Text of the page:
Use Of The Shared Frailty Model To Identify The Determinants Of Infant And Child Survival In Rwanda Using DHS Data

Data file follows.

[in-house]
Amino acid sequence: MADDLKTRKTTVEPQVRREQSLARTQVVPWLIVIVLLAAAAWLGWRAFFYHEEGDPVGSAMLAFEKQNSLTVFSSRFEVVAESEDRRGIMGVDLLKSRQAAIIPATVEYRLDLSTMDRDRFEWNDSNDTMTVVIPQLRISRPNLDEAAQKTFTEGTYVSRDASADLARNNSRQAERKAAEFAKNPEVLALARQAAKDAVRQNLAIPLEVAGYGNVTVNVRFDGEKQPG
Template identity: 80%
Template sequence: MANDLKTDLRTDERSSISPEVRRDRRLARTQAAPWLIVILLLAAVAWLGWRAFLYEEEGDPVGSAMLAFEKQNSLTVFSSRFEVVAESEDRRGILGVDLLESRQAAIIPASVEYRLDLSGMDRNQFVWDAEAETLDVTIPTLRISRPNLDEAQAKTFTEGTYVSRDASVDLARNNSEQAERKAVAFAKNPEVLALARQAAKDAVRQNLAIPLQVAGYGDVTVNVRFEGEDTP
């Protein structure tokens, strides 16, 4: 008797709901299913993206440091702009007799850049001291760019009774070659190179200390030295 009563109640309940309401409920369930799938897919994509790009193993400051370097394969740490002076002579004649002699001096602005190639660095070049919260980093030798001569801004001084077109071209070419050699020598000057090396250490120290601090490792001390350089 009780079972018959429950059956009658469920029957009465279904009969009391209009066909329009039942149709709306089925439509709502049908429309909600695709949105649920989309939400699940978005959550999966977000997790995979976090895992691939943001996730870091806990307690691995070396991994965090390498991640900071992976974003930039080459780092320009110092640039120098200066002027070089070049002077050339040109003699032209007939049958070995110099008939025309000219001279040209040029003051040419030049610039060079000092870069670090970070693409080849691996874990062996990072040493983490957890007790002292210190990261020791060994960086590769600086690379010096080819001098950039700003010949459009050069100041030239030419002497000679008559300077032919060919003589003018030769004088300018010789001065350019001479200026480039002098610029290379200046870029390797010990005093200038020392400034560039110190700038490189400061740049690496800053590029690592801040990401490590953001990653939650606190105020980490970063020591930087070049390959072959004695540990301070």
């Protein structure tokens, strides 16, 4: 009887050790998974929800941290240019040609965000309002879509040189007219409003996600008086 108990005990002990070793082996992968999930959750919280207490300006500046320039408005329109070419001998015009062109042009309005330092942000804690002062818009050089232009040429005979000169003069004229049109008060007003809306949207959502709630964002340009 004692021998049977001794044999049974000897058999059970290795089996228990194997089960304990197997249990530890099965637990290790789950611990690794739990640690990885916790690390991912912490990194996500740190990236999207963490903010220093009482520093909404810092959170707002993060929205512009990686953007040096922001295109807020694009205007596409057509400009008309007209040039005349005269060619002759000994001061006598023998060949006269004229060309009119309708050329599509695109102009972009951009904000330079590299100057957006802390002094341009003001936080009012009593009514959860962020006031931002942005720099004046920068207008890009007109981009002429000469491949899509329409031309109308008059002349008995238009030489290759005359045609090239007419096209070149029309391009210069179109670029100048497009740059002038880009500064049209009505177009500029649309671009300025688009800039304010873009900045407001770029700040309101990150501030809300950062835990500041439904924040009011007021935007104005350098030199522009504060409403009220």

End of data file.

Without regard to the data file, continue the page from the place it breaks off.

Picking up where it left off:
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The infant and child mortality have much fluctuated in Rwanda since the year 1992 and decreased considerably during 5 years preceding the 2005 RDHS. However, the current indicators are still high compared to the goals to achieve and current global standards while factors that have contributed to the observed achievements remain not well known and diverse resources invested in improving the children's health conditions keep becoming more scarce. Therefore, it is very important to ascertain the key determinants of infant and child survival in Rwanda and hence mark out the sectors that should be prioritized in order to realize more improvements of under age five children's survival with limited resources. The analysis of semi-parametric gamma shared frailty models utilized to analyze separately infant and child mortality in Rwanda revealed that frailty effects were significant in childhood while its effects in infancy were not significant. The causes of deaths in infancy and childhood were quite different. The hazard rates and hazard ratios indicated that infant deaths were strongly related to proximate and biological factors including place of delivery, preceding birth interval and mother's age at child's birth while child deaths were at a very large extent due to socioeconomic and demographic factors such as household socioeconomic status being the most important determinant and province of residence the least. Key socioeconomic determinants of infant mortality were mother partner's education and household's socioeconomic status. Multiple births were at higher risk of-death than others both in infancy and childhood but the risk decreases with age.